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Charles Janssen’s Trail to Knowledge Event

To Support Charlie and ALEF, you can download a .pdf form with information.

Charlie Janssen was originally from Stamford, Connecticut but has lived in Leawood, Kansas since 1990. He is the only son of Rebecca Ann Janssen and the fourth child of the late Eduard Daniel Janssen who passed in 1996 and has three siblings -- Oscar, Michael, and Britt. He graduated from Blue Valley North High School where he played soccer and ran cross country and track. Additionally, he played club soccer for the K.C. Cosmos and was part of the National Honor Society.

Among other honors, he received the President’s Community Service Award four consecutive years (completing 100 hours or more of community service in a year) as well as earning the rank of Eagle Scout in 2002. He was awarded EKL Scholar athlete eight consecutive times and received the “outstanding performance in the classroom” award during his junior year. Charlie was passionate about his work on the track and was a two time 6A state qualifier in cross country and a one-time state qualifier in the 1600 meter in track. He signed a declaration of intent with Pittsburg State University (Pittsburg, Kansas, NCAA Division II affiliate) for the fall of 2006 to run cross country and track. He was nominated to the MIAA Academic Team in both 2007 and again in 2010.

He transferred to Black Hills State University in Spearfish, SD and continued to run collegiately as well as pursuing a history/government education degree. While at Black Hills State University (BHSU), Charlie achieved all-DAC cross country honors and helped BHSU to an 8th place NAIA national cross country finish in 2008. During his indoor career, he received all-DAC honors in both the 4x800 meter and 3000 meter indoors events and earned a showing on the national qualifying distance medley relay team in 2009 en route to establishing the 3rd fastest DMR time in the BHSU history.

After transferring back to Pittsburg State University in the fall of 2009, Charlie continued to train and compete at a high level and became the vice chair of the Student Athletic Advisory Council (SAAC) for the 2010-2011 school year. He was on the Dean’s Scholastic Honor Roll for three consecutive semesters, was also a Department of Social Sciences honor student. Additionally, he was an active member of KNEA (Kansas Chapter of the National Education Association) as well as being inducted into the Pittsburg State University Chapter of Phi Alpha Theta (National History Honor Society).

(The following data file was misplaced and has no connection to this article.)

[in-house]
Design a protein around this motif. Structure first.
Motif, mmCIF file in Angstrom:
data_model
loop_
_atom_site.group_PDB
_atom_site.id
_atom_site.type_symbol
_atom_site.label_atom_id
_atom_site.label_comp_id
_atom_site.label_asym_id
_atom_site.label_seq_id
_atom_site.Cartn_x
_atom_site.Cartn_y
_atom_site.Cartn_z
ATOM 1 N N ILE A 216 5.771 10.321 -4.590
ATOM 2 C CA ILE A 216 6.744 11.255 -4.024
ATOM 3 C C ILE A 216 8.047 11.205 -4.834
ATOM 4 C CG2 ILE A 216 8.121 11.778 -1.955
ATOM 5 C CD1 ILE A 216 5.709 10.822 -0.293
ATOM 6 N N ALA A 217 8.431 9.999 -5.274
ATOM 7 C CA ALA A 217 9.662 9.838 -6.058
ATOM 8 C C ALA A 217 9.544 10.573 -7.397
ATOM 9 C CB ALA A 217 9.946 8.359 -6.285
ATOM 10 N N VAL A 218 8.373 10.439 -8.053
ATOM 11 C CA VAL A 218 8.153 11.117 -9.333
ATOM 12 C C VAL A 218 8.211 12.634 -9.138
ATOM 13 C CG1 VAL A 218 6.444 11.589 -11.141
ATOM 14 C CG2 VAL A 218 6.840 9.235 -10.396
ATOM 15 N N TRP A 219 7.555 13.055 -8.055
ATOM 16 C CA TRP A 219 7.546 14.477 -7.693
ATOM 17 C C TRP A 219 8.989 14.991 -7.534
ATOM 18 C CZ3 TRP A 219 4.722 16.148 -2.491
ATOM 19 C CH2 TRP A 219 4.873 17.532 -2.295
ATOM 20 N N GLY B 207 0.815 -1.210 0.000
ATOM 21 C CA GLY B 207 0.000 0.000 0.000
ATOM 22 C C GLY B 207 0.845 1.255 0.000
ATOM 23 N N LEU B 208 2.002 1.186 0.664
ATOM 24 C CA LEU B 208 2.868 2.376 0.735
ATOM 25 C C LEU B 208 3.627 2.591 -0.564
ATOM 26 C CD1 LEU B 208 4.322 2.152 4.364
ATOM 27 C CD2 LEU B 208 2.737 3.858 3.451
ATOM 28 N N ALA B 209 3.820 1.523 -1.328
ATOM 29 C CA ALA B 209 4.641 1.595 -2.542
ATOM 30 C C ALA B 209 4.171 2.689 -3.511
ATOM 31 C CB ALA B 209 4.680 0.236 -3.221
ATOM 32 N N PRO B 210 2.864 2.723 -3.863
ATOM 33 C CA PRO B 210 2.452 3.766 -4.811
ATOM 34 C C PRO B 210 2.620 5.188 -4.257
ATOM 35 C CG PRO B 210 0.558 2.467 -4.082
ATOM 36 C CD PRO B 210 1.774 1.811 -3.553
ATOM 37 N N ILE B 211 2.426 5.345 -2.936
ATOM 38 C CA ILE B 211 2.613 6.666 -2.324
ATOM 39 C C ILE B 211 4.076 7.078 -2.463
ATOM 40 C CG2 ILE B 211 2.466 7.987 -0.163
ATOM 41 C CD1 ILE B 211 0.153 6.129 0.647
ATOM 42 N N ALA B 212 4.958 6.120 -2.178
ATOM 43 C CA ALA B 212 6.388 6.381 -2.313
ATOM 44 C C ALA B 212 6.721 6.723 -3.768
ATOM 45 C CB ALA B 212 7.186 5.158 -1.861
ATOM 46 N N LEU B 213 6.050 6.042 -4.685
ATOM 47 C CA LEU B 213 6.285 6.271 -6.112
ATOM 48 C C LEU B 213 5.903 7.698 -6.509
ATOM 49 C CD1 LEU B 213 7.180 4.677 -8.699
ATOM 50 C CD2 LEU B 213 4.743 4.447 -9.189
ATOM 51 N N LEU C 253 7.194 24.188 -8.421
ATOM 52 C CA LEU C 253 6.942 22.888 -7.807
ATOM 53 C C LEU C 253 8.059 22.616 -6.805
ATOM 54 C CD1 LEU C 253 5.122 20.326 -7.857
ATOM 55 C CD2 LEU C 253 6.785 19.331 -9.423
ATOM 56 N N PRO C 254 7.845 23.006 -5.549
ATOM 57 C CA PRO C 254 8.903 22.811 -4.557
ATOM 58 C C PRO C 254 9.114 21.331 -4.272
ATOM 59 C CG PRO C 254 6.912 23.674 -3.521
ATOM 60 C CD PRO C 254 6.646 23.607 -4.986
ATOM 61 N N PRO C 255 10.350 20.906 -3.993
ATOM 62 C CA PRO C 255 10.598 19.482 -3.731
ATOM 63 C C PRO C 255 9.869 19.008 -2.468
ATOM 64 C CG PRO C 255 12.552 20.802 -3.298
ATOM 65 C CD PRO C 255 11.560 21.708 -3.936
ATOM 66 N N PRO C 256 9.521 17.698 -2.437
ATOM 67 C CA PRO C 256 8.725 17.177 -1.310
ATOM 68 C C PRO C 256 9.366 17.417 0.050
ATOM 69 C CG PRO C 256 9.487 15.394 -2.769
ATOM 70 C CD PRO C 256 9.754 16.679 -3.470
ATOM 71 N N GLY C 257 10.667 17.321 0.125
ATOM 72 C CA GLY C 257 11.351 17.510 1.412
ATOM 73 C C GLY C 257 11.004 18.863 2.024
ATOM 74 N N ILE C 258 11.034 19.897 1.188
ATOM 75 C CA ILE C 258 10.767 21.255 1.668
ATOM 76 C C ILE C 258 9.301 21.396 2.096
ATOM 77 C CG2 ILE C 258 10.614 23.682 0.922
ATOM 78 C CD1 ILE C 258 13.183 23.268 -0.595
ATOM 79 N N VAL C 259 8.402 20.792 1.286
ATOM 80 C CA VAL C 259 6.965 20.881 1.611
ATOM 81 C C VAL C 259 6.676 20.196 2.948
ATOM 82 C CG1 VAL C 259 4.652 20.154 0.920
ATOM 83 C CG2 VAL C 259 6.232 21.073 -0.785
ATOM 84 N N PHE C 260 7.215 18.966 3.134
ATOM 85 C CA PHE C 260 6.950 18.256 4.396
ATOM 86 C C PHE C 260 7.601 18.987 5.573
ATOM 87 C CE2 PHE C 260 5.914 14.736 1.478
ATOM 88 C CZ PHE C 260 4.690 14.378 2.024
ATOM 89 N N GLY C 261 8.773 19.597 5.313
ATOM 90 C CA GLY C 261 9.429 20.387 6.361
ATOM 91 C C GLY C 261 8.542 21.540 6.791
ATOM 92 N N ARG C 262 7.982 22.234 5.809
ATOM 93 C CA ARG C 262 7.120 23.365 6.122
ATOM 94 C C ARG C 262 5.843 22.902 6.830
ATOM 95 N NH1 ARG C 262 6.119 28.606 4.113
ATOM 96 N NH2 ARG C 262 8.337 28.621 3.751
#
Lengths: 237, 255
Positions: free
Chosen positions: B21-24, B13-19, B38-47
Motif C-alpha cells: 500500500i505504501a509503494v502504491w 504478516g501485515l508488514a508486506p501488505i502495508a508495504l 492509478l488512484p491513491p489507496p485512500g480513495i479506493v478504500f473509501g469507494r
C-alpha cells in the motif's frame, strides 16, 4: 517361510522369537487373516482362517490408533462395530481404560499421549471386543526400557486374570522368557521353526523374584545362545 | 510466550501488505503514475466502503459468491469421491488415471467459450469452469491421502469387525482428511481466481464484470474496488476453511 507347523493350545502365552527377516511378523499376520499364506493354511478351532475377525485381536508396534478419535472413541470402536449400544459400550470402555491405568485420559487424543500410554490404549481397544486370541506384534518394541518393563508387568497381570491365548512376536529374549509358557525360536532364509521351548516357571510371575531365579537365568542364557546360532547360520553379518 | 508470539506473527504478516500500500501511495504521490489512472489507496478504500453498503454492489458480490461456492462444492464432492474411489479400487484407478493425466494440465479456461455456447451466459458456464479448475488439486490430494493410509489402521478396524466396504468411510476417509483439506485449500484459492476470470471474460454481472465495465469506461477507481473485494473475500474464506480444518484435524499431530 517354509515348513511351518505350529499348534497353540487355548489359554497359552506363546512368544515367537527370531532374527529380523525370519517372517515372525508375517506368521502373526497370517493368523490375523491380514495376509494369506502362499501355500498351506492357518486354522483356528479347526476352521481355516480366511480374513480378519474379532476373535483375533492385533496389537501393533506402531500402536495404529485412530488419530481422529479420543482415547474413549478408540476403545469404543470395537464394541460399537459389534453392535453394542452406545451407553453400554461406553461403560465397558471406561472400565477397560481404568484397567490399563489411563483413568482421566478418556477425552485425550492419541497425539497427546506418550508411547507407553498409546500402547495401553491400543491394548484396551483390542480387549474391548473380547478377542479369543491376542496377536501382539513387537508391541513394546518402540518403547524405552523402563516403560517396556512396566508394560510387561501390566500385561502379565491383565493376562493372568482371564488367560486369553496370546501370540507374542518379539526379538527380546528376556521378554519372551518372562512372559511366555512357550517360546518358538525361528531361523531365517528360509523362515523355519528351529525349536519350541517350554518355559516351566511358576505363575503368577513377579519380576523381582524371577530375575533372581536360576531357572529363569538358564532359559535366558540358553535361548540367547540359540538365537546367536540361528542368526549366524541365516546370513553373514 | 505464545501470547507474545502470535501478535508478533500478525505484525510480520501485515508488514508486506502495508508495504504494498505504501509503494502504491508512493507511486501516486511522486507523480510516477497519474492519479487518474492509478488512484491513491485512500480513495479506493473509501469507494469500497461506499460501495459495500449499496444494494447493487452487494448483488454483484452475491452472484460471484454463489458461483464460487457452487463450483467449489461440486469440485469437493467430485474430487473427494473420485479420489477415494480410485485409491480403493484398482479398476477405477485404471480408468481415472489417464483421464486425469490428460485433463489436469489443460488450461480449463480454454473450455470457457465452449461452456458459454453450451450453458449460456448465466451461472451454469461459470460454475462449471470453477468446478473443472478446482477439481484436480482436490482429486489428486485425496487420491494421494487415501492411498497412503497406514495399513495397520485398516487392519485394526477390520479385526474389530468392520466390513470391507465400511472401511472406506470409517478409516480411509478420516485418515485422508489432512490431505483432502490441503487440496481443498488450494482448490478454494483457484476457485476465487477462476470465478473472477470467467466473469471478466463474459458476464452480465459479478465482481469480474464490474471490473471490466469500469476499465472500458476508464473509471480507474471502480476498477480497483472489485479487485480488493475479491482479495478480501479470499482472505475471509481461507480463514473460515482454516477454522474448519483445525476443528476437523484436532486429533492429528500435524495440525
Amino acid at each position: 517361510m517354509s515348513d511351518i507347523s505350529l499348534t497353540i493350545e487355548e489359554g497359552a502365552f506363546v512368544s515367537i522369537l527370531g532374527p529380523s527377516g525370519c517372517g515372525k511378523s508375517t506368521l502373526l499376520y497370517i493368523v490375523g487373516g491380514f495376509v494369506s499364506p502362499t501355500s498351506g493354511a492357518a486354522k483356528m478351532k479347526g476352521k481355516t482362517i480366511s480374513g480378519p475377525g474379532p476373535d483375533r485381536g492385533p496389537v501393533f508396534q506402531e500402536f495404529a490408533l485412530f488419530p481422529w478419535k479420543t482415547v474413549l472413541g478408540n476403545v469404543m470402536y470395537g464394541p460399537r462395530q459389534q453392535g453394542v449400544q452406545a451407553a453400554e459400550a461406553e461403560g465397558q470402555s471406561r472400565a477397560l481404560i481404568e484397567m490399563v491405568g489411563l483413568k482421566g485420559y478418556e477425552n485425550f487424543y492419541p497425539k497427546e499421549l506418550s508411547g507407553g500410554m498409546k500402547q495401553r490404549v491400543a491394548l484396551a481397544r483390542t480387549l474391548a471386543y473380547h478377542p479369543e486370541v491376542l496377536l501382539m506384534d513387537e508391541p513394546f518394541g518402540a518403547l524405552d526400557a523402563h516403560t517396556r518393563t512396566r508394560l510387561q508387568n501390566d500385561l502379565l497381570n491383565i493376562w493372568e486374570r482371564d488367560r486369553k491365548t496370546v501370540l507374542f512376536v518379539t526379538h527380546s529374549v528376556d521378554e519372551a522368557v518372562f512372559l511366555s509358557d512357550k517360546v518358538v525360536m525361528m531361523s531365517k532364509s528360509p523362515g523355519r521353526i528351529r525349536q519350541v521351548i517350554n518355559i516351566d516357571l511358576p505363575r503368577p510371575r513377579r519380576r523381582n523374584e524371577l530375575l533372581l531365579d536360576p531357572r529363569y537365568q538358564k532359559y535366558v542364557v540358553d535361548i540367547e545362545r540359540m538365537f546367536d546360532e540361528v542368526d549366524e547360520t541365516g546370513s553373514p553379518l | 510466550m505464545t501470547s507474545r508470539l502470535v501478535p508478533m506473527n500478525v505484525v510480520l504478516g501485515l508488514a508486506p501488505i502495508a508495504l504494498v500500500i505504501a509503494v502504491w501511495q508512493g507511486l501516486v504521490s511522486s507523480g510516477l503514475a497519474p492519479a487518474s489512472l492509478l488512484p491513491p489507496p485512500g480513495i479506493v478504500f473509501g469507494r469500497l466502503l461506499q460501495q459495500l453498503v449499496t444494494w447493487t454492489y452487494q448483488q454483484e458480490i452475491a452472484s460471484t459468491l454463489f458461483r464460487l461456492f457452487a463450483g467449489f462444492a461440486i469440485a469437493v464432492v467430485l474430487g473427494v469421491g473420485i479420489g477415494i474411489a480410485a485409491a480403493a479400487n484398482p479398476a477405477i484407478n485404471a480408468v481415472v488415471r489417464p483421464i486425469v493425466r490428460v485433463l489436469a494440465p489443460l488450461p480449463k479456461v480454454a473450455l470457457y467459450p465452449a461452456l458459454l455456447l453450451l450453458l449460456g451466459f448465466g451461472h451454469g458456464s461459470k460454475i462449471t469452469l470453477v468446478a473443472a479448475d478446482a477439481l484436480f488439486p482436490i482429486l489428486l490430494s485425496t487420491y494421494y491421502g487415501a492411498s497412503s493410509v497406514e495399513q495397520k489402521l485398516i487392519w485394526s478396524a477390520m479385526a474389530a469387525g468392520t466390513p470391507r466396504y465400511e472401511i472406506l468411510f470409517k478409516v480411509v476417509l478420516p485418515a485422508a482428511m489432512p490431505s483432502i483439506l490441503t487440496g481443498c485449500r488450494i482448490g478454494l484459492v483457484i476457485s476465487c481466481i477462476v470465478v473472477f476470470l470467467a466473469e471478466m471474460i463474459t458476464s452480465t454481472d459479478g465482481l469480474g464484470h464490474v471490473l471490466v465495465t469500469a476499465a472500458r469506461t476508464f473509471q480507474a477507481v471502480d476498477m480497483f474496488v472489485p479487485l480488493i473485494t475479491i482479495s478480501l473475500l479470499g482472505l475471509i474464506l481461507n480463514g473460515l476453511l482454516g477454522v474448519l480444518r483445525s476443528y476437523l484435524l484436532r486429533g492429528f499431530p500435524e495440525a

Currently, Charlie is associated with the Kansas Speleological Society, Kansas Herpetological Society, USATF, and competing for the Kansas City Smoke. The Kansas City Smoke is a USATF Elite Development Club that was established in 2002 to provide training and competitive opportunities to emerging elite, post-collegiate distance runners based in the Missouri Valley Association, gaining USATF elite development status in 2004 with five team members qualifying for the Olympic trials in the marathon alone between 2004 and 2008.

His final semester in college was highlighted by teaching and coaching experiences at Girard High School in Girard, Kansas where he taught one section of freshman/sophomore world history and four sections of American history. Charlie found that secondary education and coaching was his passion.

Inspiration – In his own Words

“So here’s what you have probably been waiting to read this whole time: why did I decide to tackle this immense undertaking and to go 3.5 months off the true grid of humanity and attempt to traverse the entire length of the 2,184 mile long Appalachian Trail with a fully loaded pack in one hundred days or less? If you do the basic arithmetic, that would require 21.7 miles per day for 100 days. If that doesn’t sound daunting enough and to break it all down to analytical form, that is 152.0 miles per week for 14.3 consecutive weeks over the undulating terrain of the rugged and ancient Appalachian Mountain Range, high-pointing the infamous summits of Mount Katahdin in north central Maine, Mount Washington in northern New Hampshire, and Clingman’s Dome in Smoky Mountains National Park of eastern Tennessee.